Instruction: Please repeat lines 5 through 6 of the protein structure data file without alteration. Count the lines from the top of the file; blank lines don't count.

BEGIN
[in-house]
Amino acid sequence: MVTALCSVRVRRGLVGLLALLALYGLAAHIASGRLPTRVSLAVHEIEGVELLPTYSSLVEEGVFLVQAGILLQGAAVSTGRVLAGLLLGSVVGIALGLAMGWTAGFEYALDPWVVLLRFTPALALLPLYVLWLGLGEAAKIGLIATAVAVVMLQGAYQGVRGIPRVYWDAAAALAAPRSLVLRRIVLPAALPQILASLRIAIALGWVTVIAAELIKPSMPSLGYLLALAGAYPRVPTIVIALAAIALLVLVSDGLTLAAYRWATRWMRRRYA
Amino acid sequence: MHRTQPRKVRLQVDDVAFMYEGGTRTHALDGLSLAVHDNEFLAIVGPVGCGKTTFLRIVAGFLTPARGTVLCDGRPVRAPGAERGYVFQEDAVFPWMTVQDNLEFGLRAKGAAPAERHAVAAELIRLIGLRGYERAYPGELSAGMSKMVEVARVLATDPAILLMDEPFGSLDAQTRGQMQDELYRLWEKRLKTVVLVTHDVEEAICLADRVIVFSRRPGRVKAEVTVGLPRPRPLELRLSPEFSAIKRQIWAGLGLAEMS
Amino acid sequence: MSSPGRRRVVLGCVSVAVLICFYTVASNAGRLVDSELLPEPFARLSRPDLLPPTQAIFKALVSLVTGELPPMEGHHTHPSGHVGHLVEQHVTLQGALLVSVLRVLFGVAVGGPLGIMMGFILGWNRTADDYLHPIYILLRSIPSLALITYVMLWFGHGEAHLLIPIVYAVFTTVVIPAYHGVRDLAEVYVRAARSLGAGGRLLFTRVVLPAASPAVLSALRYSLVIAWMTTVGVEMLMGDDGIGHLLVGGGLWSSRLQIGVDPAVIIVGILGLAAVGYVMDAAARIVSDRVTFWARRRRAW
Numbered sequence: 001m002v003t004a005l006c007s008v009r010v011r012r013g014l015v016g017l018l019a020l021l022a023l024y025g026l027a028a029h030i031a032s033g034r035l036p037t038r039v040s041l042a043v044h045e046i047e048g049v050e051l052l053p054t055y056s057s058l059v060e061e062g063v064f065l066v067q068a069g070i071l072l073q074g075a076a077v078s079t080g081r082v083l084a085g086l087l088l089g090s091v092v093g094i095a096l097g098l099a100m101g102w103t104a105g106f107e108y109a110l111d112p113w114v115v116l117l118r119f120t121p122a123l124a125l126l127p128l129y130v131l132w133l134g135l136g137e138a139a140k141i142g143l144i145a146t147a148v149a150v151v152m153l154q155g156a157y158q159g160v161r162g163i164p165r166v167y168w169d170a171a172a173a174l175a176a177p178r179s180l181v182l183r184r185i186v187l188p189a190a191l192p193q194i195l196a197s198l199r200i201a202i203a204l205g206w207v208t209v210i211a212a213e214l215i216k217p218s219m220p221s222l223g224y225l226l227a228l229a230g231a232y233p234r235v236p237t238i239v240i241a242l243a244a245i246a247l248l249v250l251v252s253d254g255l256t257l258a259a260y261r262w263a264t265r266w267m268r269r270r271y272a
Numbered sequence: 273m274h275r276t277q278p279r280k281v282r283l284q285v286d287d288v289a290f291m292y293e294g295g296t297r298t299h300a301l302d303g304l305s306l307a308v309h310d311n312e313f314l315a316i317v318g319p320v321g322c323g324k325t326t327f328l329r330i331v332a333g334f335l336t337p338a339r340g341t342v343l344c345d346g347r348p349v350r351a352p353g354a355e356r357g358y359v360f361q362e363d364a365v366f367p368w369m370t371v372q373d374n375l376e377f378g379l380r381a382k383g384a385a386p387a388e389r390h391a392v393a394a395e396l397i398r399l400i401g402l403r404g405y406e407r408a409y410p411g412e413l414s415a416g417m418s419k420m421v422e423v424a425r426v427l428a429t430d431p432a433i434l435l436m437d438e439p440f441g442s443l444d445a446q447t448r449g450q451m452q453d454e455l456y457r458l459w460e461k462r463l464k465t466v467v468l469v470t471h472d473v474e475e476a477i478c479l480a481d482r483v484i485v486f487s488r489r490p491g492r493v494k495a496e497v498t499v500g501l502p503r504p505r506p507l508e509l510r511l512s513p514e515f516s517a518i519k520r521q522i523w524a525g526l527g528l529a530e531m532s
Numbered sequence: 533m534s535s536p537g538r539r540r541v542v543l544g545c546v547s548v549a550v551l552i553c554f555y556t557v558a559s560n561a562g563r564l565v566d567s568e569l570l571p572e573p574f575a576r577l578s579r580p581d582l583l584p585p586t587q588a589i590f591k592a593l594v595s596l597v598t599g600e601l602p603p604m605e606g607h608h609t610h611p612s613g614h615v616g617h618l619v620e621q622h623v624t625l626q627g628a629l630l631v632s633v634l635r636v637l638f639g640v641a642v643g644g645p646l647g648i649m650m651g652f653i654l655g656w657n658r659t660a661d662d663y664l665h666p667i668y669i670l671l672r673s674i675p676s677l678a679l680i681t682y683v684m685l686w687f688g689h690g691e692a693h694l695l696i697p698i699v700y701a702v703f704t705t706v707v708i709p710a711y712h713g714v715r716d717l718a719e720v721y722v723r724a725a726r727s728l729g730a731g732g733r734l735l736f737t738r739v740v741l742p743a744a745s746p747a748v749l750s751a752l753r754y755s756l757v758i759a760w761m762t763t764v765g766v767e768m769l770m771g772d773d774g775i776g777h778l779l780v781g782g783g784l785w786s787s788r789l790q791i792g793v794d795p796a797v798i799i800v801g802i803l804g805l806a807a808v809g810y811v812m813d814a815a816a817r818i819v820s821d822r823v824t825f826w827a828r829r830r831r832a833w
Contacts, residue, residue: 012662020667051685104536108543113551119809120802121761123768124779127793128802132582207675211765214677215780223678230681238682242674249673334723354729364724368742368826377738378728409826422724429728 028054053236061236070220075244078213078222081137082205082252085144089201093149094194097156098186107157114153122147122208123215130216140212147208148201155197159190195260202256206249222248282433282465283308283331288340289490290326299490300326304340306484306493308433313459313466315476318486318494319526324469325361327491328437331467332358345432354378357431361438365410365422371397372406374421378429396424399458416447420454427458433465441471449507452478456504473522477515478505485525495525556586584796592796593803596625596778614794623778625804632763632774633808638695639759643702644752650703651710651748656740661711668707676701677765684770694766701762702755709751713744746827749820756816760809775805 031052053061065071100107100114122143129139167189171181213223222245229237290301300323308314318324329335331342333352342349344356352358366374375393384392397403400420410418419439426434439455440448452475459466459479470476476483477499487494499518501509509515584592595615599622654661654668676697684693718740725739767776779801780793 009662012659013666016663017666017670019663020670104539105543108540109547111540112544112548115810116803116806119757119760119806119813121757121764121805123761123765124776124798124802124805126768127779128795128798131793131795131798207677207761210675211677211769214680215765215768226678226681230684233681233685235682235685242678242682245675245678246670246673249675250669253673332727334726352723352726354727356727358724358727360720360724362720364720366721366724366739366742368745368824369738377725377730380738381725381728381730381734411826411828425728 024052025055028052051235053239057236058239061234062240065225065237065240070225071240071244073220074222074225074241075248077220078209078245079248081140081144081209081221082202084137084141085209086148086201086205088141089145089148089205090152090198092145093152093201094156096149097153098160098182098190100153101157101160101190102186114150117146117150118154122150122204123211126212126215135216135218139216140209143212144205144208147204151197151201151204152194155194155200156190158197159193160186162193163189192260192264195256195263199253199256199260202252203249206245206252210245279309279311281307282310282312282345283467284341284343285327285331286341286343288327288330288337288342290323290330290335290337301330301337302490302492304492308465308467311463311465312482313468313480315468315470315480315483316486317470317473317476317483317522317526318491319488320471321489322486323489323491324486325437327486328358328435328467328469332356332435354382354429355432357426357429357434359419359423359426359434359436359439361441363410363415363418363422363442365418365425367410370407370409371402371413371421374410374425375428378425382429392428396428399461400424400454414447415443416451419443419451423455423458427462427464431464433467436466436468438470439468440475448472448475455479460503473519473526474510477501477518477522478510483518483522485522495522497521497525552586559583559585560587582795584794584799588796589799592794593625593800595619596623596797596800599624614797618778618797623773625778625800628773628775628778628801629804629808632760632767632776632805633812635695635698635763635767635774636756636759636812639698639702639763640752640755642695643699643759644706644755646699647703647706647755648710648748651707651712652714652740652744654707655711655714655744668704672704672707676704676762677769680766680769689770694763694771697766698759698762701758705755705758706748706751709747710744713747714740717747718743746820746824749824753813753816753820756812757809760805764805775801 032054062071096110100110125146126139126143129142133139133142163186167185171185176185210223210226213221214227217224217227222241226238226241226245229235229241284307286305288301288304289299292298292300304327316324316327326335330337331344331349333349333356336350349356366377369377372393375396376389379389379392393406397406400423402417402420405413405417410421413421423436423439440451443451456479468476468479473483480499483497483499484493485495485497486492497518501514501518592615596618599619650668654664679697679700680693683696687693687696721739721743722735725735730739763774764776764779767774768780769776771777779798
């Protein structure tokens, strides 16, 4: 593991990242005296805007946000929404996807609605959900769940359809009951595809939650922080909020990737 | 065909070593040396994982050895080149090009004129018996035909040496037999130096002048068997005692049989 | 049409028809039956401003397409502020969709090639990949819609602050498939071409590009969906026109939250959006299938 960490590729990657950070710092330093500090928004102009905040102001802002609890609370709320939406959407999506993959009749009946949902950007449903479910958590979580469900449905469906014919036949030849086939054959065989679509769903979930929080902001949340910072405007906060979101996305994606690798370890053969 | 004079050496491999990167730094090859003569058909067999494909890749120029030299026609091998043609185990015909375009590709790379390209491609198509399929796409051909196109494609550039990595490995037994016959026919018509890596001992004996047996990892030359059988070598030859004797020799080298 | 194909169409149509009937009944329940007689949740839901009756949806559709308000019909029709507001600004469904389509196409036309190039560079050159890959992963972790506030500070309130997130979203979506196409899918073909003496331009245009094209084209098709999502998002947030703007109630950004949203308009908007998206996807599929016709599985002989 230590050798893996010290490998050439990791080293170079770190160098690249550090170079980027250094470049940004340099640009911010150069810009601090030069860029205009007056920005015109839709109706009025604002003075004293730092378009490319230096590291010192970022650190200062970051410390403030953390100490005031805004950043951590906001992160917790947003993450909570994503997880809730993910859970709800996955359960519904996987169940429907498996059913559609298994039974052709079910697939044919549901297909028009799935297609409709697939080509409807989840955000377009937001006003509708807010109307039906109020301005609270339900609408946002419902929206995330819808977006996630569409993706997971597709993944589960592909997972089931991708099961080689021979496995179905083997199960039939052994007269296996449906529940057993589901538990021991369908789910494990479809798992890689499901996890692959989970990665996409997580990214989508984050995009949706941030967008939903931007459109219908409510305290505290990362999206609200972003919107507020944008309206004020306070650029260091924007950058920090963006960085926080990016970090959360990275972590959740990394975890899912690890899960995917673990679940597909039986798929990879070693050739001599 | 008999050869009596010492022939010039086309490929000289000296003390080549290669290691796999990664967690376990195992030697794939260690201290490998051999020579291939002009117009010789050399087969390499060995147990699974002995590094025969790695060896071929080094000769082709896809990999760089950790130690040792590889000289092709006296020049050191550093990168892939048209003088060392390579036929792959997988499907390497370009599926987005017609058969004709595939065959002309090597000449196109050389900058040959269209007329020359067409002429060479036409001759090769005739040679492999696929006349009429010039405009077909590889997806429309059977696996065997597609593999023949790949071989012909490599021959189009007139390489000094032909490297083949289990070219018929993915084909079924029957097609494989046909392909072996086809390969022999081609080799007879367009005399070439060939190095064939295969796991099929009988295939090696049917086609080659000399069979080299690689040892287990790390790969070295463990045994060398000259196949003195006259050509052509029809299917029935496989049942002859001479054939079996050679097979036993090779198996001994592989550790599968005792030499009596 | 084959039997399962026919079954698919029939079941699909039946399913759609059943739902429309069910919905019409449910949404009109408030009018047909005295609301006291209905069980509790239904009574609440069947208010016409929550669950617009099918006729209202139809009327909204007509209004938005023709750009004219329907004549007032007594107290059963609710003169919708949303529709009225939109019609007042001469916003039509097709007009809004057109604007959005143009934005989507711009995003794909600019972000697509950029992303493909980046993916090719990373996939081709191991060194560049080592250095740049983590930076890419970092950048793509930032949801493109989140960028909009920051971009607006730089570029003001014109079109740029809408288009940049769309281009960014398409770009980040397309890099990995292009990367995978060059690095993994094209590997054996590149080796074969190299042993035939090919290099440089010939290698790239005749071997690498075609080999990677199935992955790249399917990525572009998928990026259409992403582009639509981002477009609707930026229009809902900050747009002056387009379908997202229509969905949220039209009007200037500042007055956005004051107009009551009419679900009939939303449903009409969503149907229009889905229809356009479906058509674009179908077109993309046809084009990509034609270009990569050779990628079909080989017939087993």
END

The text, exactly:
Numbered sequence: 001m002v003t004a005l006c007s008v009r010v011r012r013g014l015v016g017l018l019a020l021l022a023l024y025g026l027a028a029h030i031a032s033g034r035l036p037t038r039v040s041l042a043v044h045e046i047e048g049v050e051l052l053p054t055y056s057s058l059v060e061e062g063v064f065l066v067q068a069g070i071l072l073q074g075a076a077v078s079t080g081r082v083l084a085g086l087l088l089g090s091v092v093g094i095a096l097g098l099a100m101g102w103t104a105g106f107e108y109a110l111d112p113w114v115v116l117l118r119f120t121p122a123l124a125l126l127p128l129y130v131l132w133l134g135l136g137e138a139a140k141i142g143l144i145a146t147a148v149a150v151v152m153l154q155g156a157y158q159g160v161r162g163i164p165r166v167y168w169d170a171a172a173a174l175a176a177p178r179s180l181v182l183r184r185i186v187l188p189a190a191l192p193q194i195l196a197s198l199r200i201a202i203a204l205g206w207v208t209v210i211a212a213e214l215i216k217p218s219m220p221s222l223g224y225l226l227a228l229a230g231a232y233p234r235v236p237t238i239v240i241a242l243a244a245i246a247l248l249v250l251v252s253d254g255l256t257l258a259a260y261r262w263a264t265r266w267m268r269r270r271y272a
Numbered sequence: 273m274h275r276t277q278p279r280k281v282r283l284q285v286d287d288v289a290f291m292y293e294g295g296t297r298t299h300a301l302d303g304l305s306l307a308v309h310d311n312e313f314l315a316i317v318g319p320v321g322c323g324k325t326t327f328l329r330i331v332a333g334f335l336t337p338a339r340g341t342v343l344c345d346g347r348p349v350r351a352p353g354a355e356r357g358y359v360f361q362e363d364a365v366f367p368w369m370t371v372q373d374n375l376e377f378g379l380r381a382k383g384a385a386p387a388e389r390h391a392v393a394a395e396l397i398r399l400i401g402l403r404g405y406e407r408a409y410p411g412e413l414s415a416g417m418s419k420m421v422e423v424a425r426v427l428a429t430d431p432a433i434l435l436m437d438e439p440f441g442s443l444d445a446q447t448r449g450q451m452q453d454e455l456y457r458l459w460e461k462r463l464k465t466v467v468l469v470t471h472d473v474e475e476a477i478c479l480a481d482r483v484i485v486f487s488r489r490p491g492r493v494k495a496e497v498t499v500g501l502p503r504p505r506p507l508e509l510r511l512s513p514e515f516s517a518i519k520r521q522i523w524a525g526l527g528l529a530e531m532s